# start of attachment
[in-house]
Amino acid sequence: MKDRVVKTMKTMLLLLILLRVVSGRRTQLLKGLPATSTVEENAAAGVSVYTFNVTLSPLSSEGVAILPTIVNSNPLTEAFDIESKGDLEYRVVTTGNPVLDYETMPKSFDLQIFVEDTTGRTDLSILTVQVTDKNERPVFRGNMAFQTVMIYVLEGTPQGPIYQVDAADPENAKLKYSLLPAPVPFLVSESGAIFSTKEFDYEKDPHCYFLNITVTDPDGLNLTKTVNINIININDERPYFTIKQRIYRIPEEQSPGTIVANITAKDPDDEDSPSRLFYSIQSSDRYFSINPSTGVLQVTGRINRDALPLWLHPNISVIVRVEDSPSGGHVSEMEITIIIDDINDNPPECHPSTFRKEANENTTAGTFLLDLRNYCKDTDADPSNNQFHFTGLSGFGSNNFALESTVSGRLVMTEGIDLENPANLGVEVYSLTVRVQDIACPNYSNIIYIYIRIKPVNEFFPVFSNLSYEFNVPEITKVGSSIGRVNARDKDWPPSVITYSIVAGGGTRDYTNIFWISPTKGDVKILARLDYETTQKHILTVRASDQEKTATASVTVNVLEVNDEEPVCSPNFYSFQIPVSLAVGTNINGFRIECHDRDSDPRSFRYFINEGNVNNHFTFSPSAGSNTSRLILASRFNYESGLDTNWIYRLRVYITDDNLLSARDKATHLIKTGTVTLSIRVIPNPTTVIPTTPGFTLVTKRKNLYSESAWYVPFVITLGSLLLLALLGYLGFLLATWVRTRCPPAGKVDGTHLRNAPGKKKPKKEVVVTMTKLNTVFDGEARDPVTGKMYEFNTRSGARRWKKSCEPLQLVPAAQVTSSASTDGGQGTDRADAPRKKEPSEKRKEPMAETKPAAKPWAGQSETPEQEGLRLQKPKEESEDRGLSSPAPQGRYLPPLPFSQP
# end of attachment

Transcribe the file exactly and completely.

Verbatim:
[in-house]
Amino acid sequence: MKDRVVKTMKTMLLLLILLRVVSGRRTQLLKGLPATSTVEENAAAGVSVYTFNVTLSPLSSEGVAILPTIVNSNPLTEAFDIESKGDLEYRVVTTGNPVLDYETMPKSFDLQIFVEDTTGRTDLSILTVQVTDKNERPVFRGNMAFQTVMIYVLEGTPQGPIYQVDAADPENAKLKYSLLPAPVPFLVSESGAIFSTKEFDYEKDPHCYFLNITVTDPDGLNLTKTVNINIININDERPYFTIKQRIYRIPEEQSPGTIVANITAKDPDDEDSPSRLFYSIQSSDRYFSINPSTGVLQVTGRINRDALPLWLHPNISVIVRVEDSPSGGHVSEMEITIIIDDINDNPPECHPSTFRKEANENTTAGTFLLDLRNYCKDTDADPSNNQFHFTGLSGFGSNNFALESTVSGRLVMTEGIDLENPANLGVEVYSLTVRVQDIACPNYSNIIYIYIRIKPVNEFFPVFSNLSYEFNVPEITKVGSSIGRVNARDKDWPPSVITYSIVAGGGTRDYTNIFWISPTKGDVKILARLDYETTQKHILTVRASDQEKTATASVTVNVLEVNDEEPVCSPNFYSFQIPVSLAVGTNINGFRIECHDRDSDPRSFRYFINEGNVNNHFTFSPSAGSNTSRLILASRFNYESGLDTNWIYRLRVYITDDNLLSARDKATHLIKTGTVTLSIRVIPNPTTVIPTTPGFTLVTKRKNLYSESAWYVPFVITLGSLLLLALLGYLGFLLATWVRTRCPPAGKVDGTHLRNAPGKKKPKKEVVVTMTKLNTVFDGEARDPVTGKMYEFNTRSGARRWKKSCEPLQLVPAAQVTSSASTDGGQGTDRADAPRKKEPSEKRKEPMAETKPAAKPWAGQSETPEQEGLRLQKPKEESEDRGLSSPAPQGRYLPPLPFSQP